Mission: Impossible was a 20th century Earth television program.

As of 1996, Rain Robinson had seen every episode of the series and, on that basis, did not believe Tom Paris' secret agent cover story. (VOY: "Future's End")

Appendices Edit

Background information Edit

The actual production life of this series, from 1966 to 1973, was noted by the Star Trek Encyclopedia (4th ed., vol. 2, p. 47). This reference work said that "the series dealt with a group of secret agents who engaged in extralegal adventures on behalf of their government."

Star Trek and Mission: Impossible have shared many connections throughout the years. Like Star Trek: The Original Series, Mission: Impossible was produced at Desilu Studios. The latter show was filmed on Stages 7 and 8, while the former was filmed on Stages 9 and 10. (Encyclopedia (4th ed., vol. 2, p. 47))

Many Star Trek alumni have made appearances on Mission: Impossible, most notably Leonard Nimoy, who was a regular during the series' Season Four (1969-1970) and Season Five (1970-1971), playing "The Great Paris", a master of disguise (Nimoy's character replaced Martin Landau's Rollin Hand). After appearing in the TOS episode "A Piece of the Action", William Shatner incidentally appeared in a 1971 Mission: Impossible episode "Encore," in which he played an aged gangster who thinks he has been transferred back to the 1930s.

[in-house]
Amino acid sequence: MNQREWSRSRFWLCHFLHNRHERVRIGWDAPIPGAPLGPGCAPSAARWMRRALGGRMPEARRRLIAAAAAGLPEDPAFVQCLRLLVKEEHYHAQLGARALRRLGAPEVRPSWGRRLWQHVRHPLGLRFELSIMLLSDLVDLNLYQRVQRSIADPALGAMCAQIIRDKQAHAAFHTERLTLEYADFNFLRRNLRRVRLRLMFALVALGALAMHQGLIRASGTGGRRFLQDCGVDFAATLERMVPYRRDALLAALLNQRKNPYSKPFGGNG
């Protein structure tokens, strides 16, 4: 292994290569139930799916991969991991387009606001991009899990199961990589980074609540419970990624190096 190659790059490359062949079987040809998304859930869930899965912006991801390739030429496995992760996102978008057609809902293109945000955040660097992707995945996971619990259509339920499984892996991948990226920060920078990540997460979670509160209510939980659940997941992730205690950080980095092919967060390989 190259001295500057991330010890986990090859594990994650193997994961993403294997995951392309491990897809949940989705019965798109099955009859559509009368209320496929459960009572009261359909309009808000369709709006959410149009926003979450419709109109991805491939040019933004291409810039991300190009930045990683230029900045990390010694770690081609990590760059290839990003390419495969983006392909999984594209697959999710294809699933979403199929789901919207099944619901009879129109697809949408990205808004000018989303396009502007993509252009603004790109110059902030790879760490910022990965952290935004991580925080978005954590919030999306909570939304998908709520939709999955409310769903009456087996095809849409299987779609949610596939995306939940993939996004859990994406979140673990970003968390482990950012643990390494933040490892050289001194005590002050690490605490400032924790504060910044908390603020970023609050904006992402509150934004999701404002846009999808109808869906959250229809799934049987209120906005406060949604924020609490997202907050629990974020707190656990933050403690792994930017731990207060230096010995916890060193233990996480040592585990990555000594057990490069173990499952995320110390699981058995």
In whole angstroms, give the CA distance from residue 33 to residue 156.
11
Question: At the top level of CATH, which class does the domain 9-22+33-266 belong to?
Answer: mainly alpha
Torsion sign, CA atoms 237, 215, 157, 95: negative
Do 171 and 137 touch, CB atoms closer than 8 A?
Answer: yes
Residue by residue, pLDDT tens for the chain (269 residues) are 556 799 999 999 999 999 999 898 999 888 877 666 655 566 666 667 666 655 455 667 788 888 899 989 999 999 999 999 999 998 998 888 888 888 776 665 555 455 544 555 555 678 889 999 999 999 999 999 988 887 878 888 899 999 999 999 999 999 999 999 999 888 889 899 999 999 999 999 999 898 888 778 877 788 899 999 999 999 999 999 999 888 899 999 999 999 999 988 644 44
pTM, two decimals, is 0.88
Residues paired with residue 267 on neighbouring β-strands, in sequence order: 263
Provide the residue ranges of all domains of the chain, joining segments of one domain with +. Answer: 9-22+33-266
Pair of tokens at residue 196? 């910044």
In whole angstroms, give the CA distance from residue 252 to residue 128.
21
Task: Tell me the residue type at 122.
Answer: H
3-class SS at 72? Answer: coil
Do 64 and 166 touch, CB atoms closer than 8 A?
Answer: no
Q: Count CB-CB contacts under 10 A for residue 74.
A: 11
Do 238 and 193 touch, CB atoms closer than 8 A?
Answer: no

For the pilot episode of this series, Robert Justman was the associated producer and Matt Jefferies was the art director. (Encyclopedia (4th ed., vol. 2, p. 47))

From 1988 to 1990, the series was revived under the same title and featured several characters from the original series or their children. One of those characters, Grant Collier (son of Barney Collier), was played by Phil Morris. The series was produced by Paramount Network Television.

Mission: Impossible II, the sequel to the film that relaunched the franchise, was written by longtime Star Trek writers Brannon Braga and Ronald D. Moore. The set of the same film included autoclave ovens that were reused as silver wall panels with round, light blue lights in Enterprise's sickbay in Star Trek: Enterprise. ("Broken Bow" text commentary, ENT Season 1 DVD) Mission: Impossible III was directed and produced by Star Trek and Star Trek Into Darkness director J.J. Abrams, under the production of his company Bad Robot Productions, and the fourth movie in the franchise was also produced by Abrams and Bad Robot. Both franchises are owned by Paramount.

Crossover performers Edit

The following is a listing of the actors who have made appearances on both Star Trek and Mission: Impossible.

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